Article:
Wednesday, July 14, 2010
Bastille Day and knitting
It just seemed appropriate to show some knitting in honor of Bastille Day. Madame Defarge checking in here...this is a Log Cabin piece, technique swiped from Mason Dixon Knitters, it's all their fault.
It's also a new addiction. I made a nice lap robe for HP using various cotton yarns, good for summer, and now I'm using part of a wonderful stash of pure wool I got at the local thrift recently. Great haul, mostly very good quality, very fresh smelling, unused, labels still in place and all that.
This green is so old that it's still called ombre! not self striping, and the label is that of a department store that was defunct about thirty years ago. The prices on some of the yarns are hilarious, too, definitely nostalgic. A nice find, and it saves a ton of harvesting, too.
About Log Cabin: it's one of those things that you get into while you're wondering what to knit next. Once you get going, you do it however you want to -- this time I did a diagonal square for the center and went from there, the yarn being busy enough not to need much more in the way of fancy steps. Not sure what it is going to be yet. It might be a blanket. Or an afghan. Or pillow cover. Or possibly a hot dish holder thing. It all depends on how I feel and how my hands hold up.
Honestly speaking, I'm probably doing this as a delaying tactic before getting back to my Hard Knitting, the Cardi Cover, which is not as hard as I thought at first, but it is still big..I need to have the heatwave firmly behind us before I proceed with it. And I bravely undid half a mat thing which I was liking less and less as I went along, decided life was too short, and there were other uses for the yarn.
Knitting simpler stuff is a great tranquillizer and there are days when that's just what I need around here.
But, on the subject of Getting Out and Doing Stuff: Yesterday Corelli was the target of the Dynamic Duo recorder players, as I seized the chance to get over to Stefi's and play duets. It is such a high point to do that, great fun, she is the best company, aside from being a pretty good musician into the bargain.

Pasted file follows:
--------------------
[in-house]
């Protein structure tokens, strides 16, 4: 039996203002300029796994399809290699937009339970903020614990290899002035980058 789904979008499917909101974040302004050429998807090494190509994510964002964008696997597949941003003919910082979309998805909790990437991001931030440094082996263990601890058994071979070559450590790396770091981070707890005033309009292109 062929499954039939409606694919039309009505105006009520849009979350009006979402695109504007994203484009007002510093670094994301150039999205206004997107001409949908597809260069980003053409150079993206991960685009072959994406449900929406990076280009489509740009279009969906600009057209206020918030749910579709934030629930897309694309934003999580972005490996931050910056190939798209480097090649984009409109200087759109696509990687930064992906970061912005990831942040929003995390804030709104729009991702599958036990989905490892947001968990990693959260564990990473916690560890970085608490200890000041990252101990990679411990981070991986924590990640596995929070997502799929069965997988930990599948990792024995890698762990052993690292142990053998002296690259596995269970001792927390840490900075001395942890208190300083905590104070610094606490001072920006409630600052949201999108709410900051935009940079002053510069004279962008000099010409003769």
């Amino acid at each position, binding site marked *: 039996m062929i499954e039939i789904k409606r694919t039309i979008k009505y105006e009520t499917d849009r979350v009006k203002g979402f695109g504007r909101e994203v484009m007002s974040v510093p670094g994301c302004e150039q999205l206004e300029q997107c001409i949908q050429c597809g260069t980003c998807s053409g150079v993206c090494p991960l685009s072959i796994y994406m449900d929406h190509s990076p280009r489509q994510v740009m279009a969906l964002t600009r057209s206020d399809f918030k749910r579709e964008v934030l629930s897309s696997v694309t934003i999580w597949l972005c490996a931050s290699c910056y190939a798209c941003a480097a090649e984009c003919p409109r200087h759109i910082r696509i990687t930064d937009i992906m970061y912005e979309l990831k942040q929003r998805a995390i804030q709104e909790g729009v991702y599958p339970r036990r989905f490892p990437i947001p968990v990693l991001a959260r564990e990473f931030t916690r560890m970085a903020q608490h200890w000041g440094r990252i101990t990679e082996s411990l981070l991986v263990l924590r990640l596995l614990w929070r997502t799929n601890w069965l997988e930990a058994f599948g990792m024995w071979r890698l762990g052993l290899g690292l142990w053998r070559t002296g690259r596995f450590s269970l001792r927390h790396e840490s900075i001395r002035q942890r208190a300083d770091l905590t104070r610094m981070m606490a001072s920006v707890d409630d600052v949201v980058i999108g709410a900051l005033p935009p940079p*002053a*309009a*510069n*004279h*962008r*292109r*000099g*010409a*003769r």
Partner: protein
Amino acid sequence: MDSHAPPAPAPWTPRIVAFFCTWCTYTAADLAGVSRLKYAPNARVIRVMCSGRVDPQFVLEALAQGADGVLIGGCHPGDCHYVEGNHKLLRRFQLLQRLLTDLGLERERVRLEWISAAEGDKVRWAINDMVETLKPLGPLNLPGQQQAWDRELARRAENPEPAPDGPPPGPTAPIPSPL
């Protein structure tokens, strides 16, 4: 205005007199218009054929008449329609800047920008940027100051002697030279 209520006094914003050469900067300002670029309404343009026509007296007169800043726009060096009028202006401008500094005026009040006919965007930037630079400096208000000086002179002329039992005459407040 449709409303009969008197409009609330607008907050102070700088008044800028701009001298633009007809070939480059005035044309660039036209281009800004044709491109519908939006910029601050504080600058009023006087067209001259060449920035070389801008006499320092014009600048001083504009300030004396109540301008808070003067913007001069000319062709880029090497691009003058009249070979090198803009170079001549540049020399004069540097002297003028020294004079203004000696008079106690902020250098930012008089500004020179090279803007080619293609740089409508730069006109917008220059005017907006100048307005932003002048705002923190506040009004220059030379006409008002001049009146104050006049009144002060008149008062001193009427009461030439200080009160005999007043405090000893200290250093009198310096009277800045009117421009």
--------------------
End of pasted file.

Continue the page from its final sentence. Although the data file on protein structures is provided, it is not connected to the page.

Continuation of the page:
Poor Corelli survived our onslaughts more or less. We played a few earlier pieces, too, Elizabethan and Restoration, including a few I played on the flute in the recent past, and I had to womanfully avoid playing flute fingering out of force of habit. This is either very good for your brain or it makes it smoke with effort, one of the two. I believe there are people who think that the smoking-with-effort is itself good, but I dunno.
And the stephanotis finally woke up and has been putting out a ton of new foliage and buds galore, a little group of which have opened up, after I wondered if was ever going to do anything.
I had tended it all winter, no movement in any direction, not growing, not wilting, just sitting there as if it was waiting for a bus to come along.
I read that it's not easy to get it to flower again a second year, so I feel quite obnoxiously happy that it is doing so.
I also read that it grows like a weed and you have to contain it with a framework, which I'm not in too much danger of just yet.
And I wondered, while wandering around the patio, three steps in each direction, how come my wildflower containers, while very pretty, all kinds of colors, were only blossoming for a single day. I'd admire something and next day it was gone. Not withered, just gone. Until now I looked out and there was a squirrel sitting on the rim of a pot, holding a flowerhead like a pizza in his paws, munching straight through it. I seem to have planted a squirrel cafeteria.
One of the things I like about the flower carpet deal is that it's largely wildflowers and old fashioned seeds in the mix. I don't think gardening is about novelty, but about preserving as much as growing. Evidently the squirrels share my taste, since they have never bothered eating the other flowers at all, just the traditionally flavored ones.